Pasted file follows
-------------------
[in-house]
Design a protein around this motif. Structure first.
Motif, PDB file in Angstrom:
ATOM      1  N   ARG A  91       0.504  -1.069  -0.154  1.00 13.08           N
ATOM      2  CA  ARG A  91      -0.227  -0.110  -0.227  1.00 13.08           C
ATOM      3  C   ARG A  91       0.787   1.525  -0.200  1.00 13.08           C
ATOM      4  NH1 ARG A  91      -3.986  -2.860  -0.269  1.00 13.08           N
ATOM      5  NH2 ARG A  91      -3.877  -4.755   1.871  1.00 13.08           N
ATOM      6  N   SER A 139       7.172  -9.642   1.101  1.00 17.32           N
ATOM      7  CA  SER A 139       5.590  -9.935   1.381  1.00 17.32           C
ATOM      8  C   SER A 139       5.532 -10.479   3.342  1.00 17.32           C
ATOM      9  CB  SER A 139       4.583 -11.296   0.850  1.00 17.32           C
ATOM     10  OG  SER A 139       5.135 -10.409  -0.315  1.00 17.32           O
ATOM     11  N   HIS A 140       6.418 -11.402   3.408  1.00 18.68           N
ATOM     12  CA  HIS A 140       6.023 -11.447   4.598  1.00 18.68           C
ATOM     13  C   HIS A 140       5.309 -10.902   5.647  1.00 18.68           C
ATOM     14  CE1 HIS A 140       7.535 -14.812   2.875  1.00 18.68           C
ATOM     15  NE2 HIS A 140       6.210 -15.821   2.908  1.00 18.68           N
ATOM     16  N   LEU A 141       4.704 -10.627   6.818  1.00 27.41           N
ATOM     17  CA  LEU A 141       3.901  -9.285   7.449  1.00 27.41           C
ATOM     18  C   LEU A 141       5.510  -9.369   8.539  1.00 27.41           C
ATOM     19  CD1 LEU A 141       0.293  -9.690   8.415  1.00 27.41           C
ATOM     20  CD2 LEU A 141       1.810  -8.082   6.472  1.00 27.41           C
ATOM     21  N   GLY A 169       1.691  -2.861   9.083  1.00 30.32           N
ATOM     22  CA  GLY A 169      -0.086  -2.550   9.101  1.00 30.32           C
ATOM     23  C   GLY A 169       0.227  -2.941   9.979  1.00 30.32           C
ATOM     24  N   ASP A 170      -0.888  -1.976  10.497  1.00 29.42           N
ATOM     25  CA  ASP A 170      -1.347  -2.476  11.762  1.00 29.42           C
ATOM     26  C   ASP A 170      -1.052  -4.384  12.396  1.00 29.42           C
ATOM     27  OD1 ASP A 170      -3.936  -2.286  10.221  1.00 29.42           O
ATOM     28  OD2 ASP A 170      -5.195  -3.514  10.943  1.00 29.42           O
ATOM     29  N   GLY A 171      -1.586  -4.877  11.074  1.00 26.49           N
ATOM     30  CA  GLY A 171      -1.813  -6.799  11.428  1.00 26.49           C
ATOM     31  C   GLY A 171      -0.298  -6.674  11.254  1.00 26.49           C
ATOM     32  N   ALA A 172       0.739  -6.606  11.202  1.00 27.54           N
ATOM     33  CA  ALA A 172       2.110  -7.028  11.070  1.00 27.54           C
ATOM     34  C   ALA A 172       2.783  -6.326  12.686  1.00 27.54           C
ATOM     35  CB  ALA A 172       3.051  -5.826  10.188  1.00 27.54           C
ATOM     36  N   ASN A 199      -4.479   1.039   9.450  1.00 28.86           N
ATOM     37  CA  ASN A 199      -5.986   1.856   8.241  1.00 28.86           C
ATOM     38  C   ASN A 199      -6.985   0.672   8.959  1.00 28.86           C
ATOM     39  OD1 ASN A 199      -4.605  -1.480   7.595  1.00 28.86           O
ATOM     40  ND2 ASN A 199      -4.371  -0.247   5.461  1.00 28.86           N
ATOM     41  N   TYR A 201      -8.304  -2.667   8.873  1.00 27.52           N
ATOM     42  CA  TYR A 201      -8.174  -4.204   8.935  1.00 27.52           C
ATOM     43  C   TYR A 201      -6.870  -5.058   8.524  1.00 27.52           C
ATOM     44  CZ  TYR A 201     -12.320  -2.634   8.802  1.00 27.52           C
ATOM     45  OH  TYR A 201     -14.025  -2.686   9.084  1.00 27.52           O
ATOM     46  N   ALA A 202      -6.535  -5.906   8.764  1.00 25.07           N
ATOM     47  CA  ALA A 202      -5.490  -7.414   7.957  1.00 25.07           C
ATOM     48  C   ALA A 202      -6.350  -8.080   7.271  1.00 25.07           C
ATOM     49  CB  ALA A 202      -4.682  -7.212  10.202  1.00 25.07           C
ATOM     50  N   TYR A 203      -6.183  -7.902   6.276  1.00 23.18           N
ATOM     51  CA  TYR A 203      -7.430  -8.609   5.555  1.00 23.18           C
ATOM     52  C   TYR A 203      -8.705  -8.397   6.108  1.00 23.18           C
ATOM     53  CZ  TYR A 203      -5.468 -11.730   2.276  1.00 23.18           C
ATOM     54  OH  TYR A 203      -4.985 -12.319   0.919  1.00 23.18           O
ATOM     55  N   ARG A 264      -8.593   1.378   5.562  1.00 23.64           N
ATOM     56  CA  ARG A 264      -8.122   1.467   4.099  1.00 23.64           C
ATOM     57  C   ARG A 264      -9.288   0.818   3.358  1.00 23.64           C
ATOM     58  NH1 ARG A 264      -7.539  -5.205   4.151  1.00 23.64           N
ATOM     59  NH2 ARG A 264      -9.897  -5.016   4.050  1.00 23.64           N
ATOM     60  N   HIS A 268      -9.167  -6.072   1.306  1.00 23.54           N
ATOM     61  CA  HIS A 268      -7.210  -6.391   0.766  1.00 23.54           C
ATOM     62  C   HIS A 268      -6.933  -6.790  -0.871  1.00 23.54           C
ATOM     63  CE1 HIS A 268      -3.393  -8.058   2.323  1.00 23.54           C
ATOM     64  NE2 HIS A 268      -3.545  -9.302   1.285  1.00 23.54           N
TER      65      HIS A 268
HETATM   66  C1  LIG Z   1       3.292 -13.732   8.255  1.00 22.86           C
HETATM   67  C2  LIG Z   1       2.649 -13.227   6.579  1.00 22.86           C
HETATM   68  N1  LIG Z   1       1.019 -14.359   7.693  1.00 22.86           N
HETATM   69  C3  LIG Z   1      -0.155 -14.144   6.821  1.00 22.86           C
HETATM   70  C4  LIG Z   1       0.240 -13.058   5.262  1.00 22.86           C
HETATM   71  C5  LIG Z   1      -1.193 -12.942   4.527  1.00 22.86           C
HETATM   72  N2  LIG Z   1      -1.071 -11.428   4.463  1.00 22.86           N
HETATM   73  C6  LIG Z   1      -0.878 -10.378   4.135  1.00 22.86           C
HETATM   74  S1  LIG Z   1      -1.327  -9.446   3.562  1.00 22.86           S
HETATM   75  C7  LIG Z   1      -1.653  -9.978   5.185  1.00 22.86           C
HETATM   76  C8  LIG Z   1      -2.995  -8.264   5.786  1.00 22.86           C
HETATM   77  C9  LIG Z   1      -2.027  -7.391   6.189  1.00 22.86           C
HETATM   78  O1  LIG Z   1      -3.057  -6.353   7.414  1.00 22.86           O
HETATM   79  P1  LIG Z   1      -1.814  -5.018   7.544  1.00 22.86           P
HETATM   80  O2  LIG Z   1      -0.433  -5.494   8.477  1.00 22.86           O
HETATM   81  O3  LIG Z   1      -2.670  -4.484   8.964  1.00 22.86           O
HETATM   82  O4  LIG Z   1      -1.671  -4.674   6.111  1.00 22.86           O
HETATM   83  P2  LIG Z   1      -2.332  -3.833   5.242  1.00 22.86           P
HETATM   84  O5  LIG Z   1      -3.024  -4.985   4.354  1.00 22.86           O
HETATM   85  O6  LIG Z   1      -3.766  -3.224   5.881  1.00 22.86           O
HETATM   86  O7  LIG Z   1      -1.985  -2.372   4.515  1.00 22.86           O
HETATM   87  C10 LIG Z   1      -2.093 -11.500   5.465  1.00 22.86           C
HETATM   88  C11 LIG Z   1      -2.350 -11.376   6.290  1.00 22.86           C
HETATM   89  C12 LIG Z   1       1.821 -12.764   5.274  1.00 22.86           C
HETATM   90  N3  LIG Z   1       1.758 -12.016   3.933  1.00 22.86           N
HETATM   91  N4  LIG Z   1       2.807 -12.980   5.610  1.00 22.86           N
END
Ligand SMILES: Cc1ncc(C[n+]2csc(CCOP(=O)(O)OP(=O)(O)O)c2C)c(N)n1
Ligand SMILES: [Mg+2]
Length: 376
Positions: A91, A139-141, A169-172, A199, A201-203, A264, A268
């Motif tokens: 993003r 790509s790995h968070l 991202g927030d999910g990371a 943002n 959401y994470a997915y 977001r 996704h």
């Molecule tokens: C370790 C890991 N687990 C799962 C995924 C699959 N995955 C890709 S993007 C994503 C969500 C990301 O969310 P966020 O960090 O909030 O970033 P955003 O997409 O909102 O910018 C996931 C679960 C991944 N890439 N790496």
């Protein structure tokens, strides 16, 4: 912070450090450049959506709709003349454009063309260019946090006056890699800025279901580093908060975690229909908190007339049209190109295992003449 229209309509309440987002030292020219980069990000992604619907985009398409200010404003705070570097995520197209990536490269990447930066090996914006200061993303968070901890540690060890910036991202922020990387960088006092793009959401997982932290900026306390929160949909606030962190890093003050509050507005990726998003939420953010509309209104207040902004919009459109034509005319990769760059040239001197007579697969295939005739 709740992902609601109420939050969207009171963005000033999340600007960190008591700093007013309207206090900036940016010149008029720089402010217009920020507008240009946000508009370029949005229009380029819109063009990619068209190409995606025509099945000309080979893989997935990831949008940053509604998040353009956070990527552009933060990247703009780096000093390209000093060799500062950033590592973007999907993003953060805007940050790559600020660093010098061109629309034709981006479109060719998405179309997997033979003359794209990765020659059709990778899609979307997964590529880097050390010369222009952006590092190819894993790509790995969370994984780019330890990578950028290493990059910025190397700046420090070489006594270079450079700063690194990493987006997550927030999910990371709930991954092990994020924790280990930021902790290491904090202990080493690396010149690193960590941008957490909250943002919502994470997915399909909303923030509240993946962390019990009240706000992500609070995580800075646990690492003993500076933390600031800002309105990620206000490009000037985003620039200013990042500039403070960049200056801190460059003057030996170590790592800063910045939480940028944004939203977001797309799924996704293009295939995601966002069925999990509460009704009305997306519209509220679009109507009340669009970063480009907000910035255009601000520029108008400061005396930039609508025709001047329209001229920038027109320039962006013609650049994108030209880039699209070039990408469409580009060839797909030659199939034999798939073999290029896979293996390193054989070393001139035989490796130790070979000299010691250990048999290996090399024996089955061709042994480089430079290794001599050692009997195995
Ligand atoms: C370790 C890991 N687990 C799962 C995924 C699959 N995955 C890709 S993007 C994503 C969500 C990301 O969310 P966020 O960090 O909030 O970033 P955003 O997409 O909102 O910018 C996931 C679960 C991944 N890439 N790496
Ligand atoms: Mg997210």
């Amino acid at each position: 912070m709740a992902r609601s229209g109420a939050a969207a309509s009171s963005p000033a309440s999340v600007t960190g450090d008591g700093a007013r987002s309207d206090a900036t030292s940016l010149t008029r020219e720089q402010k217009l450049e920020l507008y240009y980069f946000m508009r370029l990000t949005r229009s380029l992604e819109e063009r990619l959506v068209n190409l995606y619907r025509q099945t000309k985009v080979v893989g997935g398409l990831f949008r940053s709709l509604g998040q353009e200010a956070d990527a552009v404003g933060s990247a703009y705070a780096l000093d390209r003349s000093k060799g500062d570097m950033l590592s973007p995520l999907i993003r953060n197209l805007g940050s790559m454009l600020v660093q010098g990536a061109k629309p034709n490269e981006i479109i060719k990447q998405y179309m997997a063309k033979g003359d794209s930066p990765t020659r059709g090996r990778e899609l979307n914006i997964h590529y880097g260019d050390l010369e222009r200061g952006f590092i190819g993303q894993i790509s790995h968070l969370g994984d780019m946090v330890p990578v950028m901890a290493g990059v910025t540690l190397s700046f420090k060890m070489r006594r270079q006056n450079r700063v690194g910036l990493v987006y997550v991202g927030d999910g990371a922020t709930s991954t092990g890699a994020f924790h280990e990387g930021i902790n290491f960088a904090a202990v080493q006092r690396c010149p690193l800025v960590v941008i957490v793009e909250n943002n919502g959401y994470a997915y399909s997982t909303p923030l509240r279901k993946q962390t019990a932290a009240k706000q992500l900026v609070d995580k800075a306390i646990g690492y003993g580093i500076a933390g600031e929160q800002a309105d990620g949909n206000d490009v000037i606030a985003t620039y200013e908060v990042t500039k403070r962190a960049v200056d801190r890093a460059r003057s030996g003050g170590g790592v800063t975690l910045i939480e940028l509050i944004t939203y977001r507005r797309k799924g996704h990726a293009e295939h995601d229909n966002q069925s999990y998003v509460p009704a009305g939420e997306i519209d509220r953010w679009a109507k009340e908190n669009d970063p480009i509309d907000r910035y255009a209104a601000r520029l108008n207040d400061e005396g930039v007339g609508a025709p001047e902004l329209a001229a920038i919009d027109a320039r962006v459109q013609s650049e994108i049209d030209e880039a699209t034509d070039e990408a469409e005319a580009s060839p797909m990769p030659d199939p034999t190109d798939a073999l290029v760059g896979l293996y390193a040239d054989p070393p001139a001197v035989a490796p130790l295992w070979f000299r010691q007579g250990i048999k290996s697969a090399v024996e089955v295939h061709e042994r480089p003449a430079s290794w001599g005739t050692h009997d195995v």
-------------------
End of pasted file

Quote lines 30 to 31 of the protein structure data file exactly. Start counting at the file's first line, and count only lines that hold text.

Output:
ATOM     27  OD1 ASP A 170      -3.936  -2.286  10.221  1.00 29.42           O
ATOM     28  OD2 ASP A 170      -5.195  -3.514  10.943  1.00 29.42           O